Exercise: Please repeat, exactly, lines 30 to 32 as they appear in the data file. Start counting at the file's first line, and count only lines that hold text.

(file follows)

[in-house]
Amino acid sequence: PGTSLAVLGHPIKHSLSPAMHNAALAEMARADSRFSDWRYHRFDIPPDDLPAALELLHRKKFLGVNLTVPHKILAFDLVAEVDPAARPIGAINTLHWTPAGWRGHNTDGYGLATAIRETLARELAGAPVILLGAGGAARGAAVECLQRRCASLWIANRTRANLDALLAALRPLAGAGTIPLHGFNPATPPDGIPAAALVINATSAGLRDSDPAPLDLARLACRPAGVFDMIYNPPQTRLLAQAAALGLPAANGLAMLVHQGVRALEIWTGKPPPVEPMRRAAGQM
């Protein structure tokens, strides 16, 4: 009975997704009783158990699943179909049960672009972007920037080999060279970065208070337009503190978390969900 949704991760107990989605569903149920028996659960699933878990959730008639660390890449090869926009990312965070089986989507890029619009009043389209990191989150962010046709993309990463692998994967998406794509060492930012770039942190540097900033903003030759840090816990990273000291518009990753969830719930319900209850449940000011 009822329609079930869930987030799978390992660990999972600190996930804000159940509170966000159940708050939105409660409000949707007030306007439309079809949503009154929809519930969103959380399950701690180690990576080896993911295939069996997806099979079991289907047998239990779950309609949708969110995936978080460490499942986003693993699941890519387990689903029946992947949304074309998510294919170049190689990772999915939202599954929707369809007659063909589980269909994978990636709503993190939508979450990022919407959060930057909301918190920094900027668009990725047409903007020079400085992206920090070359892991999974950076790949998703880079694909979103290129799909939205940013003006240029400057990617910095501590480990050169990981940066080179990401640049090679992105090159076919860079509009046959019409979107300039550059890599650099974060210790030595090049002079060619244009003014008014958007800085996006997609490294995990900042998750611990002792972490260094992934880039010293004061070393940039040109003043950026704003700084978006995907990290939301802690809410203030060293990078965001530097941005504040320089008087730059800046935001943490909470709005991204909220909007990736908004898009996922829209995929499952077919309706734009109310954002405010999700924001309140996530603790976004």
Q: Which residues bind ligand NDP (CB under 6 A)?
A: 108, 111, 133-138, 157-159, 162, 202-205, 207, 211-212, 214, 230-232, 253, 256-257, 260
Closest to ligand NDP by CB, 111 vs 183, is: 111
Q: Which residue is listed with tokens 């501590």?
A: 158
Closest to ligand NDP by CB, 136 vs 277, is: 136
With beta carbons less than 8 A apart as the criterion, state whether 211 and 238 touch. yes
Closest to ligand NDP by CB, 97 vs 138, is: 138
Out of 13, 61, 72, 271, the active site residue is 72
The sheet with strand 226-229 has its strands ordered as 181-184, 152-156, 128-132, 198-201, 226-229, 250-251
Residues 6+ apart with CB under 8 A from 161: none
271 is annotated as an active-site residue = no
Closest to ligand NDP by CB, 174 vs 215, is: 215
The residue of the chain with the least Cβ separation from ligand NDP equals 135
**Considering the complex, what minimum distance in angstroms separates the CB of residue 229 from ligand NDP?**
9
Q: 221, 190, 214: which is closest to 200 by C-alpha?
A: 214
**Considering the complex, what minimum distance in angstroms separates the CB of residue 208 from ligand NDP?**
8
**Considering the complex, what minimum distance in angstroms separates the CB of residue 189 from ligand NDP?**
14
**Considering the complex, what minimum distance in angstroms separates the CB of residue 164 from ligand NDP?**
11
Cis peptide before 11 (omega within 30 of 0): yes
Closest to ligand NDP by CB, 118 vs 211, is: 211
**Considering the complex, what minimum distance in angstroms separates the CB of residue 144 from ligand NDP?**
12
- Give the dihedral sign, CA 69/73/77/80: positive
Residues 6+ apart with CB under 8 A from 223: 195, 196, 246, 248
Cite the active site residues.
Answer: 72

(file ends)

**Considering the complex, what minimum distance in angstroms separates the CB of residue 144 from ligand NDP?**
12
- Give the dihedral sign, CA 69/73/77/80: positive